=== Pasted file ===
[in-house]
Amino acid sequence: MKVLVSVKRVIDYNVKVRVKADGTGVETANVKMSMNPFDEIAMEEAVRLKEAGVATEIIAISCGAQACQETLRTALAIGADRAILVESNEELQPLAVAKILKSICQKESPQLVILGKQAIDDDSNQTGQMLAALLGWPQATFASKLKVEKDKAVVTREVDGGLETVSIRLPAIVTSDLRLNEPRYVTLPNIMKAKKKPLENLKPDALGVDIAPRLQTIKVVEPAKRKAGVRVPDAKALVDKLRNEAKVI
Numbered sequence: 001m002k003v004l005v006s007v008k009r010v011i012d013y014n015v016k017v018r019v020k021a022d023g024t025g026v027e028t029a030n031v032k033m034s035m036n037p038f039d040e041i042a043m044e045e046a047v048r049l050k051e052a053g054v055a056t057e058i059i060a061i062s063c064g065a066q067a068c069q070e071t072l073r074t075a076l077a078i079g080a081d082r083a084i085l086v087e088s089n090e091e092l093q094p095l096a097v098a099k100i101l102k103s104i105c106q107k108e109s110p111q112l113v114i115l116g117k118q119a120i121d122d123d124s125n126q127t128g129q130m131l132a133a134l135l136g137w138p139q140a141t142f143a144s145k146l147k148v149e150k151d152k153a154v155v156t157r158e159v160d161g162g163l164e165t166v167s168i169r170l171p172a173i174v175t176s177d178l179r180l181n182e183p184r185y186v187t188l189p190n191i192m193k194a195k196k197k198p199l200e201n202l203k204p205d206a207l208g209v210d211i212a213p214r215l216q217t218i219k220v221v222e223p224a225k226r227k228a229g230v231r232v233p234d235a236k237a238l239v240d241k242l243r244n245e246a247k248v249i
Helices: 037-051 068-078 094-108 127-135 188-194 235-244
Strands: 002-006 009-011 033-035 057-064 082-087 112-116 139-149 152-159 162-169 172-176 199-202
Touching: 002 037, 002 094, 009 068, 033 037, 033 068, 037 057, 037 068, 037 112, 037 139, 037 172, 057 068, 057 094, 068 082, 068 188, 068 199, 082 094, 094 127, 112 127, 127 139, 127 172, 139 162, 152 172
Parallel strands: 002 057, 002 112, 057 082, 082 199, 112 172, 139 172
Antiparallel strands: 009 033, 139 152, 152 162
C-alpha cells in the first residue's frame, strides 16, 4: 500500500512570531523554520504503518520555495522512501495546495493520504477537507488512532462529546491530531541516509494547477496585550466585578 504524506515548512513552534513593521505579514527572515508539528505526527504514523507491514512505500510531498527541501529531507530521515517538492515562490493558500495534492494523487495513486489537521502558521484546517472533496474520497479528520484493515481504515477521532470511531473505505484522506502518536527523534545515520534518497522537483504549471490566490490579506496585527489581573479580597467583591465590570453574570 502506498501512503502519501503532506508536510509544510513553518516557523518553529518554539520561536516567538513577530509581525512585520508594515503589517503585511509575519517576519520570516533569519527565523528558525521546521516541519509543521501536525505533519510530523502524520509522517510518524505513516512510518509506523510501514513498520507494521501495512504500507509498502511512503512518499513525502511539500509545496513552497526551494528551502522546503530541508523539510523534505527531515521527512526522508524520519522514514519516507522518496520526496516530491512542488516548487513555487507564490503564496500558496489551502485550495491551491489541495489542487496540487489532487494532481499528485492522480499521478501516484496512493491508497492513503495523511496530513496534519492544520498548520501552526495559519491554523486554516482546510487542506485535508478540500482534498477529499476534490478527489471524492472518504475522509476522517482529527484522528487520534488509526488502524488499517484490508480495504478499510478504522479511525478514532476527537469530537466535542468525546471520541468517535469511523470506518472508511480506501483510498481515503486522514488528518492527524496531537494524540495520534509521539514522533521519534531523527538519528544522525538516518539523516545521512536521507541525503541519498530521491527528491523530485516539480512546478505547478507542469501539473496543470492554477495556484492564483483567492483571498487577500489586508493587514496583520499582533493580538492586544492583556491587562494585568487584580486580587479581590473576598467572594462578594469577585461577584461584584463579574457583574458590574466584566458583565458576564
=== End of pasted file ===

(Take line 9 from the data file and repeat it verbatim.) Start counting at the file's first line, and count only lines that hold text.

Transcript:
C-alpha cells in the first residue's frame, strides 16, 4: 500500500512570531523554520504503518520555495522512501495546495493520504477537507488512532462529546491530531541516509494547477496585550466585578 504524506515548512513552534513593521505579514527572515508539528505526527504514523507491514512505500510531498527541501529531507530521515517538492515562490493558500495534492494523487495513486489537521502558521484546517472533496474520497479528520484493515481504515477521532470511531473505505484522506502518536527523534545515520534518497522537483504549471490566490490579506496585527489581573479580597467583591465590570453574570 502506498501512503502519501503532506508536510509544510513553518516557523518553529518554539520561536516567538513577530509581525512585520508594515503589517503585511509575519517576519520570516533569519527565523528558525521546521516541519509543521501536525505533519510530523502524520509522517510518524505513516512510518509506523510501514513498520507494521501495512504500507509498502511512503512518499513525502511539500509545496513552497526551494528551502522546503530541508523539510523534505527531515521527512526522508524520519522514514519516507522518496520526496516530491512542488516548487513555487507564490503564496500558496489551502485550495491551491489541495489542487496540487489532487494532481499528485492522480499521478501516484496512493491508497492513503495523511496530513496534519492544520498548520501552526495559519491554523486554516482546510487542506485535508478540500482534498477529499476534490478527489471524492472518504475522509476522517482529527484522528487520534488509526488502524488499517484490508480495504478499510478504522479511525478514532476527537469530537466535542468525546471520541468517535469511523470506518472508511480506501483510498481515503486522514488528518492527524496531537494524540495520534509521539514522533521519534531523527538519528544522525538516518539523516545521512536521507541525503541519498530521491527528491523530485516539480512546478505547478507542469501539473496543470492554477495556484492564483483567492483571498487577500489586508493587514496583520499582533493580538492586544492583556491587562494585568487584580486580587479581590473576598467572594462578594469577585461577584461584584463579574457583574458590574466584566458583565458576564